On Battle Chess
I have a confession. I love all things chess.
I love the intensity of it. I love the musical of the same name (Tim Rice and ABBA!). I love the idea of the hot, tortured chess grandmaster sweating over pawns for his country.
And since the rule of All The Things is that life is cooler with costumes and weaponry, live action battle chess is obviously my most favorite thing of all. Which is why it plays such a prominent role in my upcoming book, Love is a Battlefield, and why I’ll defend it to the death as the sexiest game of all time.
This wasn’t always so.
When my husband and I first started dating, we were freshmen living in a cute college town north of Seattle. As is custom, the ratio of coffee shops to students in said college town was roughly 1:2, and we quickly established our favorite hangout spot at one of them. I liked it because they had a bookshelf stocked with the pretentious philosophical books I pretended to read back then. My husband liked it because they had a chessboard.
Now, there was only one other couple who used that chessboard, and they were the height of all my husband’s romantic fantasies. They sat there, hour after hour, playing chess and smack-talking one another until I was pretty sure they were going to end things between them once and for all.
They never did. As soon as their game ended, they shared a secret smile and probably went out to do something nasty in the woodshed.
Then it was our turn. Of course, I know how to play chess, but I’ve never been very good at thinking five or six moves in advance, so I rarely win. My husband, on the other hand, considers himself a master of logic, so instead of fun smack-talk, he would critique each move I made and point out exactly where I went wrong. Needless to say, the whole chess-as-foreplay thing didn’t work for us. By the time the game would come to an end, I was ready to smash him over the head with the chess board and shove the rook up a questionable part of his anatomy.
In a word, dear readers, it seemed our relationship wasn’t going to make it.
And then we discovered battle chess.
Okay, so we didn’t exactly suit up in chainmail or carry battleaxes over our shoulders when we played, but I’ll have you know there were some very good battle chess computer games out in the early 2000s. I learned to like watching my characters fall down in a fiery blaze, and he learned to let go of his dream of us matching wits over those 64 squares of alternating black and white.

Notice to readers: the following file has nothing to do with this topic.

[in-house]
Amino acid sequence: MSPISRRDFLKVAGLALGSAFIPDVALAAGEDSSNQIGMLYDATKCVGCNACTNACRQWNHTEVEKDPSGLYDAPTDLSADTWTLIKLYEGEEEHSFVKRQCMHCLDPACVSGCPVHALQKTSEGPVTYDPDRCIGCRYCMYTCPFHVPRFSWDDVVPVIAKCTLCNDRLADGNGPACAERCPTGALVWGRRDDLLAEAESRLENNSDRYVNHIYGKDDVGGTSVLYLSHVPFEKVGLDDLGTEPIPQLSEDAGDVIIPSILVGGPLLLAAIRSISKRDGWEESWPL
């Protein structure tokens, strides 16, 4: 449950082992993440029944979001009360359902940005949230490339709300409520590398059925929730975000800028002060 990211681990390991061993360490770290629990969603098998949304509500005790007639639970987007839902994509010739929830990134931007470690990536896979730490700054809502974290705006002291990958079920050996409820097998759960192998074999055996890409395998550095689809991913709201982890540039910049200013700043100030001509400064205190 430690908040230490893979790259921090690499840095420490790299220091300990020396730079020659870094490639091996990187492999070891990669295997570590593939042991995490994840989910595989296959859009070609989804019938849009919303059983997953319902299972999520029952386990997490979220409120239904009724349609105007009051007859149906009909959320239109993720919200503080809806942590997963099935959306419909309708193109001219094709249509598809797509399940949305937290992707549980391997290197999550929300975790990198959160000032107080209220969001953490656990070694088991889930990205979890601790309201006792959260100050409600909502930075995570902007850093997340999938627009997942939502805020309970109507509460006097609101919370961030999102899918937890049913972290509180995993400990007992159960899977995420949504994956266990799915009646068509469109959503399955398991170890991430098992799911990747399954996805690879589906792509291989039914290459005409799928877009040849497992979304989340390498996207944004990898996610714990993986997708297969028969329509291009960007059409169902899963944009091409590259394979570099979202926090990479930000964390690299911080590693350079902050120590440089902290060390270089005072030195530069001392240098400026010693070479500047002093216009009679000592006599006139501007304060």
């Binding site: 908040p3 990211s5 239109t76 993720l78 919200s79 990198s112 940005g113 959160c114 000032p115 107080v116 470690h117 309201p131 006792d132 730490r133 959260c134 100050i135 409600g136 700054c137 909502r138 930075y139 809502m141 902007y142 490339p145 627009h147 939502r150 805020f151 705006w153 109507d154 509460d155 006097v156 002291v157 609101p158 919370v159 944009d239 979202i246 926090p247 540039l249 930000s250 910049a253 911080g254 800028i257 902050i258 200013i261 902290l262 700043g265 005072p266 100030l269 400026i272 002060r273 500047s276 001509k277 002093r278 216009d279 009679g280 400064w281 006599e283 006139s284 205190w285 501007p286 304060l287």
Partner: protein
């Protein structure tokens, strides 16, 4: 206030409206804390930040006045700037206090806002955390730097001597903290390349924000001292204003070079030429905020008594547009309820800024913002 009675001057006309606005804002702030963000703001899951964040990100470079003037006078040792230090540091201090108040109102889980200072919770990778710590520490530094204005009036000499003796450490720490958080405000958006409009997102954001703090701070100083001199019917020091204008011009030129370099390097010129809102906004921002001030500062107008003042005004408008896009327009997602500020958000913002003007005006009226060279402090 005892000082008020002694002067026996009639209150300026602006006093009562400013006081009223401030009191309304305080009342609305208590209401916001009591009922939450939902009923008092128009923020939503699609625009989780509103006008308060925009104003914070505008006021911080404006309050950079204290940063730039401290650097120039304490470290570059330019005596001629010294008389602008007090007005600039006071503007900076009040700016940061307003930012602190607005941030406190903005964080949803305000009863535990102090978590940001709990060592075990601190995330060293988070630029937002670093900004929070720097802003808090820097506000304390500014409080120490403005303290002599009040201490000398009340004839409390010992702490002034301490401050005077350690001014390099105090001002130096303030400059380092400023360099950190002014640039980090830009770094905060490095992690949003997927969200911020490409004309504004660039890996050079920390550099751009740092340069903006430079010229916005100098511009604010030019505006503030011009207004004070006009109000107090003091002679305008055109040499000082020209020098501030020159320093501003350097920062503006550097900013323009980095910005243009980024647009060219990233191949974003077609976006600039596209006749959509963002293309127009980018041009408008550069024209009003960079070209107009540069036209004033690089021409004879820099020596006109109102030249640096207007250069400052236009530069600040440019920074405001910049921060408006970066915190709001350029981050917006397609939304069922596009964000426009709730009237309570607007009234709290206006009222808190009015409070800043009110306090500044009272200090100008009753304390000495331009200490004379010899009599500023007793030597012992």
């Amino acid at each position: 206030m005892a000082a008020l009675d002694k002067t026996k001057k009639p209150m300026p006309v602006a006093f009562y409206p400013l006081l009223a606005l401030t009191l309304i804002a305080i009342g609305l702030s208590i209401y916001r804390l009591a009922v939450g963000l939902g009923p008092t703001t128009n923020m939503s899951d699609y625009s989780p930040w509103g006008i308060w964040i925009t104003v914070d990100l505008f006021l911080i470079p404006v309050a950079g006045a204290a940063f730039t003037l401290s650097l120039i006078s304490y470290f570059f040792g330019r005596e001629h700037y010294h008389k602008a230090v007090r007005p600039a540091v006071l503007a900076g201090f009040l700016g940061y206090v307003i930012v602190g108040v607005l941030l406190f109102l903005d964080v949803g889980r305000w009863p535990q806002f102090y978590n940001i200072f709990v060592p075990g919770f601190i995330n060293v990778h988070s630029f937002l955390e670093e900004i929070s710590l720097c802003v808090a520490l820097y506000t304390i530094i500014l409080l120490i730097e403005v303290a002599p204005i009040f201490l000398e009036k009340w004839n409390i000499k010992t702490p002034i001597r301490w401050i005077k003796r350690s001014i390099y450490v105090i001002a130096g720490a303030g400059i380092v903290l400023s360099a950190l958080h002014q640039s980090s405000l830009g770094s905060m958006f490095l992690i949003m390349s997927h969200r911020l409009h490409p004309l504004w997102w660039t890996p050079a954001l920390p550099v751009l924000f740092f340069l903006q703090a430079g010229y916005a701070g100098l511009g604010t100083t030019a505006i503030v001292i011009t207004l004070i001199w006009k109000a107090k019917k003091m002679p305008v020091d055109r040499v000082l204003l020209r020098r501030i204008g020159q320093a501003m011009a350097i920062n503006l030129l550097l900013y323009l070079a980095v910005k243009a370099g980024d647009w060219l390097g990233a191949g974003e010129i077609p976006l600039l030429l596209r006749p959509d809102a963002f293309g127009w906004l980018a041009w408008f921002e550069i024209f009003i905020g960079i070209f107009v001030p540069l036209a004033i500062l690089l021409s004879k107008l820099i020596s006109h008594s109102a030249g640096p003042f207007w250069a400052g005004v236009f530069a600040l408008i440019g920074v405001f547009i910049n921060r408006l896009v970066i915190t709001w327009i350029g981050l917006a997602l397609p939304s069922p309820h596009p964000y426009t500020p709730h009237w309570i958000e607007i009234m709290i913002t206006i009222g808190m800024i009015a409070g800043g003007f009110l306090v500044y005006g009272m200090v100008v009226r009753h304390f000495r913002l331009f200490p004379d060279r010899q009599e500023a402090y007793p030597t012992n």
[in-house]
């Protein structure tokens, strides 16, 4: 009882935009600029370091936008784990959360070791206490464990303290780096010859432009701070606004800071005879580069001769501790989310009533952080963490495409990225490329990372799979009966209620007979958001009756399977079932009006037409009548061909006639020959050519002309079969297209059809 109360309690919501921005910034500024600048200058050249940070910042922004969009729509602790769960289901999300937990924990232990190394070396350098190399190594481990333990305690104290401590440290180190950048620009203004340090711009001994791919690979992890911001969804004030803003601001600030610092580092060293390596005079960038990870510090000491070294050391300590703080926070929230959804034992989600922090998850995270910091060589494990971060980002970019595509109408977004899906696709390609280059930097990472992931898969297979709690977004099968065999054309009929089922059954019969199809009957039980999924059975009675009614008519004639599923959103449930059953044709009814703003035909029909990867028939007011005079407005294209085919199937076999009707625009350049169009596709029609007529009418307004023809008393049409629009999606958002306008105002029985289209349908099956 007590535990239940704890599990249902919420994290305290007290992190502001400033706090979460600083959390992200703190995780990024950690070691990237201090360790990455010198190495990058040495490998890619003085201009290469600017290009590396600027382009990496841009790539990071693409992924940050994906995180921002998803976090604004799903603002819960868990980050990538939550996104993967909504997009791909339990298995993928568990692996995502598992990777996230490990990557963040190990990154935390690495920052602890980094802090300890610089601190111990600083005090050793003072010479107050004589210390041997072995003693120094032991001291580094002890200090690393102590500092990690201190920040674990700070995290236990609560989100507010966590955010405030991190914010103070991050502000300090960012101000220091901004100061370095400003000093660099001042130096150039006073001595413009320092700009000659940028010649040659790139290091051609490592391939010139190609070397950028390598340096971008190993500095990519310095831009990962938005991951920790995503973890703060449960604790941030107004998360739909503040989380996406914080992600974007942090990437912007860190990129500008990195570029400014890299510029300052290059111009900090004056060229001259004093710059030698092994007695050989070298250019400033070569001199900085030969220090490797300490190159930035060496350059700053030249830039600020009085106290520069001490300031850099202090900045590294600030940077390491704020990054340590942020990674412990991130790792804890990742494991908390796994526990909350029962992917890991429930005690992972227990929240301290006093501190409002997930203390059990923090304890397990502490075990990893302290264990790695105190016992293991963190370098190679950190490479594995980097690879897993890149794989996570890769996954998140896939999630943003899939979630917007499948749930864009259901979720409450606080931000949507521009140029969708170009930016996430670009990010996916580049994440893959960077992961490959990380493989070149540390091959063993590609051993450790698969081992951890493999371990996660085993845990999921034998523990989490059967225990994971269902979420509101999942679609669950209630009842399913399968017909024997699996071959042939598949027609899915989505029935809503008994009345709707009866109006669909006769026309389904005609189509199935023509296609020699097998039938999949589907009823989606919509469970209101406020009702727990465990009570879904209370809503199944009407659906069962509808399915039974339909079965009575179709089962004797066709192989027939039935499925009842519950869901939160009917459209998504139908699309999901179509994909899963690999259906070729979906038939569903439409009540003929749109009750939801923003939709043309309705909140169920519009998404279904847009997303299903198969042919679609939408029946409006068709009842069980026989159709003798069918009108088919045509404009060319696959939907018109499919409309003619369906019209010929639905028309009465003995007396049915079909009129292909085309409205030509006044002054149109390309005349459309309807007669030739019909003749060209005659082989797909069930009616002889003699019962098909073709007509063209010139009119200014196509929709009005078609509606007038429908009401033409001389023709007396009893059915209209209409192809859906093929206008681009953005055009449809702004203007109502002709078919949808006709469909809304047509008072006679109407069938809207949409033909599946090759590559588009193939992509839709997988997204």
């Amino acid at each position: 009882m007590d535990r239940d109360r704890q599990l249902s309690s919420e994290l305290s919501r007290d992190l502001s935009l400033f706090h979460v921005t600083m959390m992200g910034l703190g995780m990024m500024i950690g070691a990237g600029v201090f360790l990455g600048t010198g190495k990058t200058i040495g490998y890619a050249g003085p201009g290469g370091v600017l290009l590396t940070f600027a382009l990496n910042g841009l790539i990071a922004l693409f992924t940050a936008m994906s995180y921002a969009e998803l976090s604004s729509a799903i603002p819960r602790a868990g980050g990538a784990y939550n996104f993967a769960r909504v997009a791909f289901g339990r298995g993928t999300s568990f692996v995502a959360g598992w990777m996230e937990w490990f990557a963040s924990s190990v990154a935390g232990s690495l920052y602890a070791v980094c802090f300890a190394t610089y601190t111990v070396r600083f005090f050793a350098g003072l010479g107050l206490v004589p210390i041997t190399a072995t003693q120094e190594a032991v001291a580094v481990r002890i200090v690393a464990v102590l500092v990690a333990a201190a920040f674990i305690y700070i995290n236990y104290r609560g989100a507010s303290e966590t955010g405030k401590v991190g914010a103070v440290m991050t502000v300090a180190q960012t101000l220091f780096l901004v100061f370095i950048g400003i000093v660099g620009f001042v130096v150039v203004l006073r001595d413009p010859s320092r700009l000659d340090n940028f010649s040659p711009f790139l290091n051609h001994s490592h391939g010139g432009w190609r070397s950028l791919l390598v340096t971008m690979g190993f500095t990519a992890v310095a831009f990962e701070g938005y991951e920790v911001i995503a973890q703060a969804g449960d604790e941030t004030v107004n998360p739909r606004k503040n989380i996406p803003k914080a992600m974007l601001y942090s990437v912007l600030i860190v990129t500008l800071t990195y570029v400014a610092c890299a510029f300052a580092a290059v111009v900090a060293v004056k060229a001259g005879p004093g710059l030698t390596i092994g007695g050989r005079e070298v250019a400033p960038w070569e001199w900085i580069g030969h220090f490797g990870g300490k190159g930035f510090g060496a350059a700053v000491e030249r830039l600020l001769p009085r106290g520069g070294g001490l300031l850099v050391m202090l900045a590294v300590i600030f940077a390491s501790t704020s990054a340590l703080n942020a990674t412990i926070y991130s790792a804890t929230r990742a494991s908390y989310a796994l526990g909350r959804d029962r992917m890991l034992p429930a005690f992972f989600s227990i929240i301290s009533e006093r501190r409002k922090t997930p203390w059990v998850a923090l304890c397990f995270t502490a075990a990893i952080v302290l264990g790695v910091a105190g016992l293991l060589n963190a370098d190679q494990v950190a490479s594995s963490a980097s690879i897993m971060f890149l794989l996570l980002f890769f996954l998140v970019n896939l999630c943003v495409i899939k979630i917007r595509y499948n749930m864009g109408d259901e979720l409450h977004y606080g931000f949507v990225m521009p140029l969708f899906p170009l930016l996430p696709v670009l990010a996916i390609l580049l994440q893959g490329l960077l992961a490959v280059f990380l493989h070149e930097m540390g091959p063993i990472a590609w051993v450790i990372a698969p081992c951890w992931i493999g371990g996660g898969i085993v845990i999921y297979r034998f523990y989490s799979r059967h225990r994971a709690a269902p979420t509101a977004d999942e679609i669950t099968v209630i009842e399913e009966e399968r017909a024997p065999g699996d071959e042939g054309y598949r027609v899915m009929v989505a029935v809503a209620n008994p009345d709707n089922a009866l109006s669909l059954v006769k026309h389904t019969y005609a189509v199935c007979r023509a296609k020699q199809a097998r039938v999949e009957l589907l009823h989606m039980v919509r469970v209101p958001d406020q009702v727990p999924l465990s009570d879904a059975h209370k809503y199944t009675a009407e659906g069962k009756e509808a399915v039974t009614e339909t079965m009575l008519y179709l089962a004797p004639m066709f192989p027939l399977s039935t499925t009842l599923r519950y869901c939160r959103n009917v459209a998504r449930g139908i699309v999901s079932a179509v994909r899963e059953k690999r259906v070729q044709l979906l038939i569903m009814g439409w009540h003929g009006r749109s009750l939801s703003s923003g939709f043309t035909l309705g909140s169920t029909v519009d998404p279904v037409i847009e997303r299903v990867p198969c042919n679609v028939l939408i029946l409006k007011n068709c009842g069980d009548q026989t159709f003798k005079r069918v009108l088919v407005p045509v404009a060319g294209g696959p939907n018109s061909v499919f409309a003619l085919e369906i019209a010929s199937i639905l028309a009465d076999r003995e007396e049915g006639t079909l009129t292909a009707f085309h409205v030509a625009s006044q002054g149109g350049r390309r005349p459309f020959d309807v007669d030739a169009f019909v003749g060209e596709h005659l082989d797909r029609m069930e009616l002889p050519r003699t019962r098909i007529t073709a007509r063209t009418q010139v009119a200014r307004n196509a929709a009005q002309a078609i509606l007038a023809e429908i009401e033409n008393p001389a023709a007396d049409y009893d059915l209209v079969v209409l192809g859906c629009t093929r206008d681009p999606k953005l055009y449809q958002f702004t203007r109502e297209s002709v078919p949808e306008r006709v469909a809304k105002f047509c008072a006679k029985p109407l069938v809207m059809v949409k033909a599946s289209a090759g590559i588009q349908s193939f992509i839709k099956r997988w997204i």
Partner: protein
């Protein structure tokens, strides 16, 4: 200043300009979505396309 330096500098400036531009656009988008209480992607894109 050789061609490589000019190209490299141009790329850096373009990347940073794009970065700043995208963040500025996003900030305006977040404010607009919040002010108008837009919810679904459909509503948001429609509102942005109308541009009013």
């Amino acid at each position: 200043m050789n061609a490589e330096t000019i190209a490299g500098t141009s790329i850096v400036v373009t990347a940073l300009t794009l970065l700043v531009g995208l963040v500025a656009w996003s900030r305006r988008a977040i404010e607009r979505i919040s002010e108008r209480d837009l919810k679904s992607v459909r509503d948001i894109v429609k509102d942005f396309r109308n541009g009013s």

And every year, when we go to the Renaissance Fair, we watch the live action battle chess match and remember the cute little coffee shop, hoping that couple has been together as long as we have.
And then we go home and play Scrabble. Because that one I can actually win.
* * *
It takes a real man to wear a kilt. And a real woman to charm him out of it.
It might be modern times, but Kate Simmons isn’t willing to live a life without at least the illusion of the perfect English romance. A proud member of the Jane Austen Regency Re-Enactment Society, Kate fulfills her passion for courtliness and high-waisted gowns in the company of a few women who share her love of all things heaving.
Then she encounters Julian Wallace, a professional Highland Games athlete who could have stepped right off the covers of her favorite novels. He’s everything brooding, masculine, and, well, heaving. The perfect example of a man who knows just how to wear his high sense of honor—and his kilt.
Confronted with a beautiful woman with a tongue as sharp as his sgian dubh, Julian and his band of merry men aren’t about to simply step aside and let Kate and her gaggle of tea-sippers use his land for their annual convention. Never mind that “his land” is a state park—Julian was here first, and he never backs down from a challenge.
Unless that challenge is a woman unafraid to fight for what she wants...and whose wants are suddenly the only thing he can think about.
Warning: The historical re-enactments in this story contain very little actual history. Battle chess and ninja stars may apply.
About Tamara Morgan
Tamara Morgan is a romance writer and unabashed lover of historical reenactments—the more elaborate and geeky the costume requirements, the better. In her quest for modern-day history and intrigue, she has taken fencing classes, forced her child into Highland dancing, and, of course, journeyed annually to the local Renaissance Fair. These feats are matched by a universal love of men in tights, of both the superhero and codpiece variety.
You can find her on Twitter,Facebook, and Goodreads.